Sitting on my deck during a welcome hefty ocean breeze that blows through trees several stories taller than our house, the fresh air landing, gratefully, on me in my chaise, I watch leaf patterns in multi-hued green values bounce and sway to the whistling wind. What a lovely afternoon. I am fortunate to be here. I need to remember that.
I’m sure immigrants who were deposited on Martha’s Vineyard a few days ago are happy to be where they are, too, though the circumstances and means that brought them there were anything but pleasant.
I keep wondering why we can’t find homes and jobs for them. I know Maine needs workers in every employment. Try to find a plumber or electrician and you may have to wait several weeks; a year or two for a landscapist; even longer for construction workers. Restaurants and grocery stores are desperate to hire waiters and stockers. Retail stores and banks have cut back their hours, so in need are they of clerks. Every business we drive by posts “Now Hiring” signs.
Yet, we have willing workers pouring into our country! Why aren’t we a clever enough society to figure out how to employ them? They are needed!
It’s like the leaves I am watching blowing in the wind. Dancing in the breeze, fully useful, anthropomorphically speaking, they almost smile, so happy to have a job, to accommodate and complement each other. Perhaps they know that in a month or two they will lose their jubilant greens for frail browns and fall to the ground. They seem to want to make the most of their blooming time, rustling and sparkling in the sunlight together.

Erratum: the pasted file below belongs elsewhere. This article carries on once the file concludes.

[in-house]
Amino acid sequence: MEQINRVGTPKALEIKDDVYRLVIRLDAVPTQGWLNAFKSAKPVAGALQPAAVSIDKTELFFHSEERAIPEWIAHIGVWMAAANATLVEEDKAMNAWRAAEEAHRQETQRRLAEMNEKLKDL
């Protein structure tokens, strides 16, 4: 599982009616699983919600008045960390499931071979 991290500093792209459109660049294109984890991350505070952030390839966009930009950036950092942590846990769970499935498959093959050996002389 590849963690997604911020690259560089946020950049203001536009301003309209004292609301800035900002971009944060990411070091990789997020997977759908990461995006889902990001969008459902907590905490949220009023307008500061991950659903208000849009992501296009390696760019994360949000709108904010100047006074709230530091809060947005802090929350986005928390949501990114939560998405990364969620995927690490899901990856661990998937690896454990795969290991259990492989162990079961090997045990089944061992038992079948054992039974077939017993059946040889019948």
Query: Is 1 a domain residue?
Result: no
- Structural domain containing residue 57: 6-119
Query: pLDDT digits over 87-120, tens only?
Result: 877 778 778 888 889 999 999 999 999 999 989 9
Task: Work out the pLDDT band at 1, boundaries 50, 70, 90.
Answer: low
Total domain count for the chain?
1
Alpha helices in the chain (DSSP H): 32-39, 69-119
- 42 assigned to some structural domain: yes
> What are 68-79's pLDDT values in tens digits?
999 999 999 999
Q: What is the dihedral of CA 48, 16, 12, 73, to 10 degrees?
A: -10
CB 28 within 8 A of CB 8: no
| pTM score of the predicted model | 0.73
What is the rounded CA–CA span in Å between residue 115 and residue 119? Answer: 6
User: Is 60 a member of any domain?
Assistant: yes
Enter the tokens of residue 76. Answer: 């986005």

I think immigrants must feel the same way. They want to work now. They want to support their families now in a democratic nation, far from the horrors they left behind. So why can’t we figure out a way to help them–now? We need each other!
It amuses me how nature always has lessons to teach us. I used to live near a lovely pond in Pennsylvania where trees on the bank flaunted their many shades of green as vividly as they do here in Maine by the ocean’s edge. Nature’s beauty inspired me then to paint, as it does now. Nature reminded me also, as now, not to waste a minute when I could be blooming.
The day will come when we cannot do what we’ve postponed. Better to take advantage of what we can do–now–living every shade of color life offers. Better to heed nature’s wisdom and help everyone dance in the wind.
Artwork: oil, sold. This rather Impressionistic piece was done in Pennsylvania and sold from my Shawnee Falls Studio some years ago. Near this pond, we walked our beloved dogs. I miss them now, but am glad we had those unforgettable days.